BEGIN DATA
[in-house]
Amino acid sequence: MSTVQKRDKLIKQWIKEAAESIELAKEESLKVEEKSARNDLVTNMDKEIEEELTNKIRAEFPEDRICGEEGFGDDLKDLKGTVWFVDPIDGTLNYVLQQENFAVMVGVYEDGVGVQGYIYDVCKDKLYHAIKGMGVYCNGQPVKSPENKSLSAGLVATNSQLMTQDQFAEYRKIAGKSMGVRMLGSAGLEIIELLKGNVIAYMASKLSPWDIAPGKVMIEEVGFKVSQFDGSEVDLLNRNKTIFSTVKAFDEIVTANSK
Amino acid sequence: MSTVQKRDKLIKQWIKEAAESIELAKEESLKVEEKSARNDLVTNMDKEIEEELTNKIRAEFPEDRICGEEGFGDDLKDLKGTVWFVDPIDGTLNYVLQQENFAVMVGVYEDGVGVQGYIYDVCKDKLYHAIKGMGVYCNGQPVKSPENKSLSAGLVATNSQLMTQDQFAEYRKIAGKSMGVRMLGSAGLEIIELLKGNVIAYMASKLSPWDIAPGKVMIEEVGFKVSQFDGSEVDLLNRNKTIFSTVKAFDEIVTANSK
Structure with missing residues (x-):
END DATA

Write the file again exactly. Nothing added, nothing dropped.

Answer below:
[in-house]
Amino acid sequence: MSTVQKRDKLIKQWIKEAAESIELAKEESLKVEEKSARNDLVTNMDKEIEEELTNKIRAEFPEDRICGEEGFGDDLKDLKGTVWFVDPIDGTLNYVLQQENFAVMVGVYEDGVGVQGYIYDVCKDKLYHAIKGMGVYCNGQPVKSPENKSLSAGLVATNSQLMTQDQFAEYRKIAGKSMGVRMLGSAGLEIIELLKGNVIAYMASKLSPWDIAPGKVMIEEVGFKVSQFDGSEVDLLNRNKTIFSTVKAFDEIVTANSK
Amino acid sequence: MSTVQKRDKLIKQWIKEAAESIELAKEESLKVEEKSARNDLVTNMDKEIEEELTNKIRAEFPEDRICGEEGFGDDLKDLKGTVWFVDPIDGTLNYVLQQENFAVMVGVYEDGVGVQGYIYDVCKDKLYHAIKGMGVYCNGQPVKSPENKSLSAGLVATNSQLMTQDQFAEYRKIAGKSMGVRMLGSAGLEIIELLKGNVIAYMASKLSPWDIAPGKVMIEEVGFKVSQFDGSEVDLLNRNKTIFSTVKAFDEIVTANSK
Structure with missing residues (x-):